I’m not going to lie, I’m struggling. I thought, after the pregnancy, after my parents left, I was better. I swear, felt strong. Then again, it’s easy to feel strong when you’ve had company all the time, which includes help with the kids. All of a sudden, you are alone and you’re having that nice after effect, like freshly ingested alcohol. It’s the next day that the hungover comes.
And now I’m here and a lot of the milestones I had reached in my recovery seem to have sped past me and be almost out of sight. I remember clearly the time I felt with absolute certainty that fat is not who I am but just the shape I am. That I am much more than what I look like, many, many different things. Now that feeling is gone and all I have is the neuron connection that was formed when I had that epiphany but that now is only an intellectual knowledge rather than an all-encompassing, wrapping-yourself-in-a-warm-blanket, feeling. I am fat again.
Hi, my name is Fat McFatson.
It’s not, cross my heart and hope to die.
I can pinpoint the turning point too, the moment it all went wrong. It was that day, at the first check-up of my latest (and last) pregnancy, when the doctor referred me to the dietitian after looking at me as if I was a green-eyed goblin speaking in tongues when I explained about my BED
The dietitian was lovely, though. I can’t complain about her. She knew what I was talking about and she knew that she was not really the appropriate specialist for me, but the gods bless her cotton socks, she did the best she could and was really supportive. Still, not the best for me. I should have said no, you see. I should have said I didn’t need her help because it’s never been a case of not knowing what to eat or how much to eat. I should have said the help I needed was in a whole different ward. But I didn’t, because I didn’t want to look like I was refusing help, because judgement.
Not that they would have judged me. I do know that. But still, on the spot, with a dietitian, a midwife and a nurse looking at me with benign and understanding eyes, I agreed to the follow up.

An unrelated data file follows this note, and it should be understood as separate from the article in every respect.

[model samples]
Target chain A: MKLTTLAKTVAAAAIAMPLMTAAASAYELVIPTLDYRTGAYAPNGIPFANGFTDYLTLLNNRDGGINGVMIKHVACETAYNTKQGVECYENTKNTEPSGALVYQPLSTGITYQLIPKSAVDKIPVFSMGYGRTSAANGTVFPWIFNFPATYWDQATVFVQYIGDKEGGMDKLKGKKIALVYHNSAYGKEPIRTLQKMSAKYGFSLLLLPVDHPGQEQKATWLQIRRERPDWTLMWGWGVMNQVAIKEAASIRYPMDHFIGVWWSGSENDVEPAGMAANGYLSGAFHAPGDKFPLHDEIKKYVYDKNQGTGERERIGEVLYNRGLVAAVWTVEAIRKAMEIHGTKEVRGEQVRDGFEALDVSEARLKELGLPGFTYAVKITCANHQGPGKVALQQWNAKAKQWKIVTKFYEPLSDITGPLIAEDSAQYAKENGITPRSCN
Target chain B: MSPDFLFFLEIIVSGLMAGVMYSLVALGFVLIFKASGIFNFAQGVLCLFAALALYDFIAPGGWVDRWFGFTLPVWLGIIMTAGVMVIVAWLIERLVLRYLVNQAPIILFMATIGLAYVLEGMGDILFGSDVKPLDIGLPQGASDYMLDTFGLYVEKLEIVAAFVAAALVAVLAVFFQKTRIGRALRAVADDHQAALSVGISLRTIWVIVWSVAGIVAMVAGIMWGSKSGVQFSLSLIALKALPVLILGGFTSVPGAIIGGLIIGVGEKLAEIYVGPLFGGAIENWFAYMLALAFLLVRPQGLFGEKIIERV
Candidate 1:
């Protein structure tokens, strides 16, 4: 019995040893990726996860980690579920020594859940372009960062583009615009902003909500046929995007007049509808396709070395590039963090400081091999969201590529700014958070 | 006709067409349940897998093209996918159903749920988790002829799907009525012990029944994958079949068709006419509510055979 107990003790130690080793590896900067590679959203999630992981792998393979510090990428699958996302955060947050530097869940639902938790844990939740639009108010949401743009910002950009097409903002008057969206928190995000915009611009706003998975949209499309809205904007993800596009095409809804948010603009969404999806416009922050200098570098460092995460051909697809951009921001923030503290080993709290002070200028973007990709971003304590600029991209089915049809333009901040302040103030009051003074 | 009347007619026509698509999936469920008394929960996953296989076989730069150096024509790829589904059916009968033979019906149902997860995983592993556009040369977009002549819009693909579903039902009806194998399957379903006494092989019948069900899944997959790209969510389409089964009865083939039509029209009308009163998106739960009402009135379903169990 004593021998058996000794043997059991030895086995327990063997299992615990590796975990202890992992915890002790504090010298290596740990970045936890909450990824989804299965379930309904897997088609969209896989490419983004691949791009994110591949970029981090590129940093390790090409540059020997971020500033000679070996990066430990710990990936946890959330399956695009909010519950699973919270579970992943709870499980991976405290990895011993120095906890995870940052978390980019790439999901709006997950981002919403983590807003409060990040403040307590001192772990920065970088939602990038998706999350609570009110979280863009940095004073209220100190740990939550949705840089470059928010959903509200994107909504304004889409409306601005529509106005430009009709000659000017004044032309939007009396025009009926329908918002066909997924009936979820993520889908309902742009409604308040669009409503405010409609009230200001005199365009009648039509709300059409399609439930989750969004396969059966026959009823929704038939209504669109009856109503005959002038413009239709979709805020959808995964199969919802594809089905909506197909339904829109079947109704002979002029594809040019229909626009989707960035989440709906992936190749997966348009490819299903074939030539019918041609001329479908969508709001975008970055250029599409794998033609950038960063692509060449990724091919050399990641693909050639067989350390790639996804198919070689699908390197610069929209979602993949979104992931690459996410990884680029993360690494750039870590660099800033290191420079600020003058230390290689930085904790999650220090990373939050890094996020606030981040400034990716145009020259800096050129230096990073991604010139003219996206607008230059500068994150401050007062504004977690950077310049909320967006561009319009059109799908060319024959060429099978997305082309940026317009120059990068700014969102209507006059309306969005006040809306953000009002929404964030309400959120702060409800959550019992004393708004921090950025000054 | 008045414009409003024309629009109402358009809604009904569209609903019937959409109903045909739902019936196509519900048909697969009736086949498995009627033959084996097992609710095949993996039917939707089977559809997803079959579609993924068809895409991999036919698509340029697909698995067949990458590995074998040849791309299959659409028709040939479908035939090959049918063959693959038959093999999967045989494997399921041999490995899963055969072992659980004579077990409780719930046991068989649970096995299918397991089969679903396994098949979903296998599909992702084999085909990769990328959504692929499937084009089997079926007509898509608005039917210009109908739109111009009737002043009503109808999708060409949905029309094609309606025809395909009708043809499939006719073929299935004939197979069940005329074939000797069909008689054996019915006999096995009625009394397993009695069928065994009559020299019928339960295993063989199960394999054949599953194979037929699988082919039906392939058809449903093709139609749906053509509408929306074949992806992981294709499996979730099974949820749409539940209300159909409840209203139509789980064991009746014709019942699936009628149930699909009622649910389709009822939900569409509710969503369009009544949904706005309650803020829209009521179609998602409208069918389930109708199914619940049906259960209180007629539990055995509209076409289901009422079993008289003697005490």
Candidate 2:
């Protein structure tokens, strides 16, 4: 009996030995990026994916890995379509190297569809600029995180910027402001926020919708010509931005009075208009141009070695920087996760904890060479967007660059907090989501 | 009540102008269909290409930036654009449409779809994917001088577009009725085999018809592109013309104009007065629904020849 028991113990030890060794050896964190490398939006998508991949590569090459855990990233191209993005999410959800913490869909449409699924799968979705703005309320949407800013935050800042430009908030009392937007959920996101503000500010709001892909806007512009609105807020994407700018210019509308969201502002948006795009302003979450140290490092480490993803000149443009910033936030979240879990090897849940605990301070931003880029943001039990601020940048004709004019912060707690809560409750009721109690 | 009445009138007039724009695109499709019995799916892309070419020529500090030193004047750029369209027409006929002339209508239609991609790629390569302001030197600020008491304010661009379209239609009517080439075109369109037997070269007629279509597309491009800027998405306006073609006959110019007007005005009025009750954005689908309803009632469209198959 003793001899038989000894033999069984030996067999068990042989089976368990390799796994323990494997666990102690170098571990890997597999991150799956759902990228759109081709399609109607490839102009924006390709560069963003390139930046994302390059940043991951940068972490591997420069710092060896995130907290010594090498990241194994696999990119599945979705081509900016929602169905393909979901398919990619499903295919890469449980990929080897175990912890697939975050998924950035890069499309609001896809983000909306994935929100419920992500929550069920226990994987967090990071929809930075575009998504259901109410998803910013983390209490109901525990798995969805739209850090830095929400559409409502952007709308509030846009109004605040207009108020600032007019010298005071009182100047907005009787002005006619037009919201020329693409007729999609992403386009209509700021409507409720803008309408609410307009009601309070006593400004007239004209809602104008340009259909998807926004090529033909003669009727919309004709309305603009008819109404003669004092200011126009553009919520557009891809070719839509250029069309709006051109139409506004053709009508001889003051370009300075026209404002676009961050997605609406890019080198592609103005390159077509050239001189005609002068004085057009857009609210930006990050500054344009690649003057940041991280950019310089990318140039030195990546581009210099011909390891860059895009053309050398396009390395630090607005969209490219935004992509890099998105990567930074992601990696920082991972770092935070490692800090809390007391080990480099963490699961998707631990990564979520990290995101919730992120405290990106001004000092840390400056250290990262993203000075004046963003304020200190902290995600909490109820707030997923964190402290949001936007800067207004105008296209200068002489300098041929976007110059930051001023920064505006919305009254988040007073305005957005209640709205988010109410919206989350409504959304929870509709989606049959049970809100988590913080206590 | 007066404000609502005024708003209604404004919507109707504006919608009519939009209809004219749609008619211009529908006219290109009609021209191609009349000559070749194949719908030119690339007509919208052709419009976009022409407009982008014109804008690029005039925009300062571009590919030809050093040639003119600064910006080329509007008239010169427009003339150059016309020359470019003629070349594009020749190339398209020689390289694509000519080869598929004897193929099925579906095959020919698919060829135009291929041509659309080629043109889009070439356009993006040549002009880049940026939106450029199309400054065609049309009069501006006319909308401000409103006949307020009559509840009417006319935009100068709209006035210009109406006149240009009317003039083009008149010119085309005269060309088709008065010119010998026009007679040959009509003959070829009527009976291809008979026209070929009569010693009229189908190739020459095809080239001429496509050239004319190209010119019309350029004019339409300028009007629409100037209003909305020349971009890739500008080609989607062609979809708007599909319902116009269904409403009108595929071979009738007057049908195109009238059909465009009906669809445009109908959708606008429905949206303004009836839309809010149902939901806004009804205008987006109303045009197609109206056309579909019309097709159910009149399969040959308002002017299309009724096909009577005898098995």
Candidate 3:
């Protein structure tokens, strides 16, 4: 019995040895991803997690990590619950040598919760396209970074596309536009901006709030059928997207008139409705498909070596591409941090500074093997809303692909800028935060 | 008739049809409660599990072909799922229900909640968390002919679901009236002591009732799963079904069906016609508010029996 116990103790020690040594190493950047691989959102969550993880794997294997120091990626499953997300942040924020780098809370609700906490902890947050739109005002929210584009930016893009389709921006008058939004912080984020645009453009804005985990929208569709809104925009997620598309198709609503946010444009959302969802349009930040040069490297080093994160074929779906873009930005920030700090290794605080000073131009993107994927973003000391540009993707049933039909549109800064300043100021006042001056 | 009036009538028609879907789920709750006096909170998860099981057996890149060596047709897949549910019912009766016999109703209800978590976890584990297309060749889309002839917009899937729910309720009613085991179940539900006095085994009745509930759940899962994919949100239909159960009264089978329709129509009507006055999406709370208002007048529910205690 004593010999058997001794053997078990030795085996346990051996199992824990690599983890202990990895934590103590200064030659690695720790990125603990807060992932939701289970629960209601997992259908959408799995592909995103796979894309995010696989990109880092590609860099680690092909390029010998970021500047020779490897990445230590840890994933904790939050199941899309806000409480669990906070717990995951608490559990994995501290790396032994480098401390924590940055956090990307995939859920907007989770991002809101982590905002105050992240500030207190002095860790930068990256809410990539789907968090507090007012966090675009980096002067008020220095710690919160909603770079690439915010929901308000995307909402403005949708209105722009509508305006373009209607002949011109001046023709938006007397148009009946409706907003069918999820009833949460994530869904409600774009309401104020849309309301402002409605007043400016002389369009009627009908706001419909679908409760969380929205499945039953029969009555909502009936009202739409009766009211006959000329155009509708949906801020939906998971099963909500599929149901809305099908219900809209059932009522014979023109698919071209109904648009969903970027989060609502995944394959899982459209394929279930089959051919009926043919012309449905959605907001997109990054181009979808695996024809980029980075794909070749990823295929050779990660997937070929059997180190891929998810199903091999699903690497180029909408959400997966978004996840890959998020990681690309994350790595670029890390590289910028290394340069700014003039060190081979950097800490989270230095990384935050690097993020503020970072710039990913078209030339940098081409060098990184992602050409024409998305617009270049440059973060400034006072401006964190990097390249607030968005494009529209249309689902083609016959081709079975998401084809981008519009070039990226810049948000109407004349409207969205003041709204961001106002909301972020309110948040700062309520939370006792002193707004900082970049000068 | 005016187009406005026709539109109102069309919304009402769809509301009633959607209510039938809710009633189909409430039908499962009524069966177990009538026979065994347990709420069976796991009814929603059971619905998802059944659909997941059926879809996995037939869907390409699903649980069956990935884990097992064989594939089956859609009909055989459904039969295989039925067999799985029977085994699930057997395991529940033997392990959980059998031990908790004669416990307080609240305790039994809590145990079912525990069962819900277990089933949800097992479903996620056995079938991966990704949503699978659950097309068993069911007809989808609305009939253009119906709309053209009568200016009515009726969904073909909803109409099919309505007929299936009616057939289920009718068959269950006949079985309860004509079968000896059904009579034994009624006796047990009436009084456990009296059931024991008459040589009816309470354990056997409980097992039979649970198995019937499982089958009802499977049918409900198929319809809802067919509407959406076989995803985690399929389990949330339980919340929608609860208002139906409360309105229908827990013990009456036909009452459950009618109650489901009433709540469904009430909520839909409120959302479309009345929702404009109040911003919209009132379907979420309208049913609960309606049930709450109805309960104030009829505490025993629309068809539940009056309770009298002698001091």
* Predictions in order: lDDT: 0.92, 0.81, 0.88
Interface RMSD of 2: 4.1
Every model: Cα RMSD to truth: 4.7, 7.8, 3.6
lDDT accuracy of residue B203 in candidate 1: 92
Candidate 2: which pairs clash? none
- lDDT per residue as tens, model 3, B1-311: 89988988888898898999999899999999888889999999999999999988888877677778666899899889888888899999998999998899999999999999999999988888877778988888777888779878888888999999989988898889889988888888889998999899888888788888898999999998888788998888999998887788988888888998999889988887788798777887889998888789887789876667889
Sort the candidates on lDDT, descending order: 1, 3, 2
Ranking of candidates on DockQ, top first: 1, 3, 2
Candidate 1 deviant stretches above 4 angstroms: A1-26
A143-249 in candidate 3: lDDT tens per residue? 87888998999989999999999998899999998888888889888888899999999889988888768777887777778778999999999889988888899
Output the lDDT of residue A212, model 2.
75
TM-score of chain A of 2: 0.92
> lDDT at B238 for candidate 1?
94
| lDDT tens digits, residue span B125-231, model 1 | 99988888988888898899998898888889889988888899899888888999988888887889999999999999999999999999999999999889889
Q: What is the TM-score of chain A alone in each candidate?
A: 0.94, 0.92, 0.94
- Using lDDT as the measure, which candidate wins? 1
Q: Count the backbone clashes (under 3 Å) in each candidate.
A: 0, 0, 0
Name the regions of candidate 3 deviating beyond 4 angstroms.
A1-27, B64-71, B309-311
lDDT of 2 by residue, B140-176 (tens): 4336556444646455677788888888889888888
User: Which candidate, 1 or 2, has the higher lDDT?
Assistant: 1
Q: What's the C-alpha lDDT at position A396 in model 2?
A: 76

So that was that, the second of three big chinks in my armour. The third one is the one I lovingly call ‘mum’. Now, I’d like to establish one thing first, because I am aware that, was I to publish a book about my BED journey, there would be a chapter about my mother and her – and therefore my – relationship with my weight, and she would not come out looking pretty. And I am aware that it wouldn’t be fair, because it is only an aspect of her person as a mother. She is my mother and I have, overall, I great relationship with her and she is incredibly supportive of pretty much anything I do.
As long as it doesn’t involve her making any effort to understand my eating disorder.
And that’s the third chink. I can’t possibly remember how the conversation started, as we sat in my kitchen, waiting for the day the baby was due to be born, but it ended with my mother saying that this was my problem, I was the one doing this ‘diet’ (none of it had anything to do with dieting, but there) and she had no need or wish to understand any of it. More than a chink in my armour that was an axe to my neck, head roll down the steps, blood splashing and all the gore.
In my head of heads I know that this has a lot more to do with my mum’s own issues with body image (anxiety and mild hypochondria) than it has to do with mine, but I can’t help being hurt. Ultimately, my mum is the one person I talk to about pretty much anything, the person I call when I have a problem or I need to vent, because she’s my mother and I am her only child. So how is it possible that she is not even willing to try to understand? I would give my own organs for my kids, how is it that a bit of information and some empathy can’t find a place in her? For me?
And here I am, as close as falling completely off the wagon as I’ve been since I started therapy and quite not knowing what to do about it. Nobody around me really understands it and I feel like I am constantly educating people about what’s happening to me but it feels tiresome because, ultimately, they can’t help me.
I can’t see, right now, what positive conclusion I can give to this post. I don’t really see the light at the end of the proverbial tunnel, the light bulb moment.
At least I can write.